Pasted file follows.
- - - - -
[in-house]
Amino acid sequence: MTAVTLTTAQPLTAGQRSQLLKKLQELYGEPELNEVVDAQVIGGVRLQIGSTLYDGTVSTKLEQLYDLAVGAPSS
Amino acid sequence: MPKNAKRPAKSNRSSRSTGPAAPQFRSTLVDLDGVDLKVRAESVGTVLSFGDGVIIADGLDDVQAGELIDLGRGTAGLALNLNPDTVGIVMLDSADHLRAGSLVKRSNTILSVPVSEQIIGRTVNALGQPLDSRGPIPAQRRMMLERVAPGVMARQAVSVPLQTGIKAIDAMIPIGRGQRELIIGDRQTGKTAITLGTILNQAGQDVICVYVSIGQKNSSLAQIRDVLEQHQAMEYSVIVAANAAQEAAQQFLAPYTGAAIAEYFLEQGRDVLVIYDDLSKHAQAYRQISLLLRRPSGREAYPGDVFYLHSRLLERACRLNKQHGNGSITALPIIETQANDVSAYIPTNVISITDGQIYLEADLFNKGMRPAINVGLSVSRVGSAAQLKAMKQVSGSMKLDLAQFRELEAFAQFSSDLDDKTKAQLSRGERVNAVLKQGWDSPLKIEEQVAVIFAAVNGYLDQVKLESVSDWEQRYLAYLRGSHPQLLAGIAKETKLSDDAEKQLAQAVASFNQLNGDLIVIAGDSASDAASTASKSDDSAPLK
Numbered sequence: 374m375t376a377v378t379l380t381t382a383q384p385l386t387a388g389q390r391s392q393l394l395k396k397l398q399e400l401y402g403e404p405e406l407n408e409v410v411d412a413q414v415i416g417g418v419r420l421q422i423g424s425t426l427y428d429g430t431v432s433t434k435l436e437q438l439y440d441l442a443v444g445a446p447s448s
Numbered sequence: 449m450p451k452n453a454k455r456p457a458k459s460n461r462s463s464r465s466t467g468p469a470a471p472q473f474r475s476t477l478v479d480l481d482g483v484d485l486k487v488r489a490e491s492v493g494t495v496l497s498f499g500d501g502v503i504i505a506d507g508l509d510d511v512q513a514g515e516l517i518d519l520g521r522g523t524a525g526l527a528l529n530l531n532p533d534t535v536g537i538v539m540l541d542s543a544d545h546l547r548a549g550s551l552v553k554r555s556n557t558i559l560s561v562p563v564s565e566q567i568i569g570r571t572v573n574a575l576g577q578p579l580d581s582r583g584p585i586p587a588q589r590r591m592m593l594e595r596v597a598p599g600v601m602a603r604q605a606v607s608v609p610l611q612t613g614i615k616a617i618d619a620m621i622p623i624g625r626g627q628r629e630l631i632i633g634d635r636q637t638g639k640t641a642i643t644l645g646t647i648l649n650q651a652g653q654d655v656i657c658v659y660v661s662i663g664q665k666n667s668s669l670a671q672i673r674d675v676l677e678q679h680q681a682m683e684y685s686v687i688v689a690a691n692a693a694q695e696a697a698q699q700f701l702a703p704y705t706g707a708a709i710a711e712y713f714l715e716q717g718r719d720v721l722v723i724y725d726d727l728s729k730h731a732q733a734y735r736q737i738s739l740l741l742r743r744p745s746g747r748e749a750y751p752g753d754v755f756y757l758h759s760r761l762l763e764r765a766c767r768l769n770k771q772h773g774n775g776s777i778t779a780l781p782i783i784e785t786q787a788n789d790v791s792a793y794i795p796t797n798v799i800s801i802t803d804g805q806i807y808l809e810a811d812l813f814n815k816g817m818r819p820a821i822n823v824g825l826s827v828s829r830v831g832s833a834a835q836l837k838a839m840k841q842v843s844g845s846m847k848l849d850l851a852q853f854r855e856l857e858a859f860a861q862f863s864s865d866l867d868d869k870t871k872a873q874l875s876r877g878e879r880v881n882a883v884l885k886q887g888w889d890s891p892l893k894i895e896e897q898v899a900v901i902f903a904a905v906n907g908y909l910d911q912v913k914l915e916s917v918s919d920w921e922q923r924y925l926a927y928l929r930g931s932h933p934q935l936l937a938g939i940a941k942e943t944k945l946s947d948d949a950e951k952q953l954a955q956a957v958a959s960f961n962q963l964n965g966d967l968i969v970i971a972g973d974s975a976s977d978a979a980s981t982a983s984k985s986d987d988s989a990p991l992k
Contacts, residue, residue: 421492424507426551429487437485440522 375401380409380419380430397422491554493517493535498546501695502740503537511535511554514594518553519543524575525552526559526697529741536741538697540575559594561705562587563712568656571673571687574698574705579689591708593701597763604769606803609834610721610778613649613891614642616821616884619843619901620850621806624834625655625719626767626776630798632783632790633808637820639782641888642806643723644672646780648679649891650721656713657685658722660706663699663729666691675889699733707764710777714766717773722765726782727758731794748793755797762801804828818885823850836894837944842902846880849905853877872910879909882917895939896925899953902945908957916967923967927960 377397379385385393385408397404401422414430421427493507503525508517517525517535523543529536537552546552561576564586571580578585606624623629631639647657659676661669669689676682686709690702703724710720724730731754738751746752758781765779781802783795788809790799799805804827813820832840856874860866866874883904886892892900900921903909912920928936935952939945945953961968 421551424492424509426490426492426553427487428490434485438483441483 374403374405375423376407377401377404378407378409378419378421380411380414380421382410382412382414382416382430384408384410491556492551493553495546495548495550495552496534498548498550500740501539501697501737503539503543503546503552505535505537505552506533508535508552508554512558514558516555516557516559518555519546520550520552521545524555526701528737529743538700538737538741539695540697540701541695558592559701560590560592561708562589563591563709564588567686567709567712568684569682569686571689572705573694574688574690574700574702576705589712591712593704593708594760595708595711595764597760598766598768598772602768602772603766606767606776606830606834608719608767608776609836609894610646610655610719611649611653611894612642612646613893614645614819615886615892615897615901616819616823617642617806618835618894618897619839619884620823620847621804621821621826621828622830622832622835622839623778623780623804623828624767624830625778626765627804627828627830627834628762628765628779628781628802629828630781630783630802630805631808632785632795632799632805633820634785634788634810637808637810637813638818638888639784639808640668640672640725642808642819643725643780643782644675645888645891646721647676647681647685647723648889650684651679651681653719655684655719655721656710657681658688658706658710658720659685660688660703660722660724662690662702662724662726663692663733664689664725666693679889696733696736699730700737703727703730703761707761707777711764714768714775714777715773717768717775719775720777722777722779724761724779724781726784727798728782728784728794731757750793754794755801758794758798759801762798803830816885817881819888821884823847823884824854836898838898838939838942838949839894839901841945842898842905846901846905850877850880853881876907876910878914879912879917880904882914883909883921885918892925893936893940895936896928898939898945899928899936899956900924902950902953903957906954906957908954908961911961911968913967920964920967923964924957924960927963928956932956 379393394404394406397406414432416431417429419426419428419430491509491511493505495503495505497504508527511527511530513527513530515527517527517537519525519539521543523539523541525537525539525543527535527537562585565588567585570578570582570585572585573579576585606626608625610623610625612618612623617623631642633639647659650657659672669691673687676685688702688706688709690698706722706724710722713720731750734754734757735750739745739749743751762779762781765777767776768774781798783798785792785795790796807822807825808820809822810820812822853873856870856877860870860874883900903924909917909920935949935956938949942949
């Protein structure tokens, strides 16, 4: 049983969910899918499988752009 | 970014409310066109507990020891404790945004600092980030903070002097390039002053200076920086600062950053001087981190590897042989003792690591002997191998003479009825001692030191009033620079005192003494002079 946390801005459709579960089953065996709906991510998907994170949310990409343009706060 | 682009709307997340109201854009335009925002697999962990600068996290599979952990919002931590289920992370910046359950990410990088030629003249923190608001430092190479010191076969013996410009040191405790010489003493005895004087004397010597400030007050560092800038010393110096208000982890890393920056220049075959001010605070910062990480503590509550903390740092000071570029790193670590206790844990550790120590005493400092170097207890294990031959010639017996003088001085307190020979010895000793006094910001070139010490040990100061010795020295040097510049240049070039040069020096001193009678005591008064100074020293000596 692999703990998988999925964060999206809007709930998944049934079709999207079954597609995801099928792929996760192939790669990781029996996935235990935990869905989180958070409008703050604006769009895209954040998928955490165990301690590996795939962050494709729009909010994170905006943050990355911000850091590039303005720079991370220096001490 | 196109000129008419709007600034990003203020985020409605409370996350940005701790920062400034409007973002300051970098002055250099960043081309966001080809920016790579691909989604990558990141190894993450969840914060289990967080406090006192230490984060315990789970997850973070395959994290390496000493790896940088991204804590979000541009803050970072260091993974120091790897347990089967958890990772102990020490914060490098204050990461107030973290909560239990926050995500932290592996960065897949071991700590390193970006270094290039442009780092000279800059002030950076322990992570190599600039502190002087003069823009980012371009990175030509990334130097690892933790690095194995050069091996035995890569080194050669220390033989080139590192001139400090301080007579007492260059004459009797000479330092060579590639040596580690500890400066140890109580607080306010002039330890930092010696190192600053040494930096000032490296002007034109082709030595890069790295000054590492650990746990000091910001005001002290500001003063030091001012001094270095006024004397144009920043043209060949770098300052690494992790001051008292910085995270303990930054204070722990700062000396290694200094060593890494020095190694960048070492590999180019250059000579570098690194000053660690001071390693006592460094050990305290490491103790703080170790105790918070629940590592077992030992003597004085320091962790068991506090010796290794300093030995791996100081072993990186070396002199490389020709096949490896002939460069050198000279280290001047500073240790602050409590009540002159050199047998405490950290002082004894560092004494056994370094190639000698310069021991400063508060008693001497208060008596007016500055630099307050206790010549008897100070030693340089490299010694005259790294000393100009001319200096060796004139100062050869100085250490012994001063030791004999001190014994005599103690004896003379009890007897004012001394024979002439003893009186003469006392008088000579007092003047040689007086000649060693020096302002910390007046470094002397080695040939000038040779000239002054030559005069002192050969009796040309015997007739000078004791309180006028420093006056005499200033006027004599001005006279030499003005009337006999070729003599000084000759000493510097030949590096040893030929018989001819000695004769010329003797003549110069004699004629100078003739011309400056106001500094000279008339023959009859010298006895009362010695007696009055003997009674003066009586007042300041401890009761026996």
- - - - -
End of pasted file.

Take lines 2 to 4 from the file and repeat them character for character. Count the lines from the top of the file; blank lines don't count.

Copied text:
Amino acid sequence: MTAVTLTTAQPLTAGQRSQLLKKLQELYGEPELNEVVDAQVIGGVRLQIGSTLYDGTVSTKLEQLYDLAVGAPSS
Amino acid sequence: MPKNAKRPAKSNRSSRSTGPAAPQFRSTLVDLDGVDLKVRAESVGTVLSFGDGVIIADGLDDVQAGELIDLGRGTAGLALNLNPDTVGIVMLDSADHLRAGSLVKRSNTILSVPVSEQIIGRTVNALGQPLDSRGPIPAQRRMMLERVAPGVMARQAVSVPLQTGIKAIDAMIPIGRGQRELIIGDRQTGKTAITLGTILNQAGQDVICVYVSIGQKNSSLAQIRDVLEQHQAMEYSVIVAANAAQEAAQQFLAPYTGAAIAEYFLEQGRDVLVIYDDLSKHAQAYRQISLLLRRPSGREAYPGDVFYLHSRLLERACRLNKQHGNGSITALPIIETQANDVSAYIPTNVISITDGQIYLEADLFNKGMRPAINVGLSVSRVGSAAQLKAMKQVSGSMKLDLAQFRELEAFAQFSSDLDDKTKAQLSRGERVNAVLKQGWDSPLKIEEQVAVIFAAVNGYLDQVKLESVSDWEQRYLAYLRGSHPQLLAGIAKETKLSDDAEKQLAQAVASFNQLNGDLIVIAGDSASDAASTASKSDDSAPLK
Numbered sequence: 374m375t376a377v378t379l380t381t382a383q384p385l386t387a388g389q390r391s392q393l394l395k396k397l398q399e400l401y402g403e404p405e406l407n408e409v410v411d412a413q414v415i416g417g418v419r420l421q422i423g424s425t426l427y428d429g430t431v432s433t434k435l436e437q438l439y440d441l442a443v444g445a446p447s448s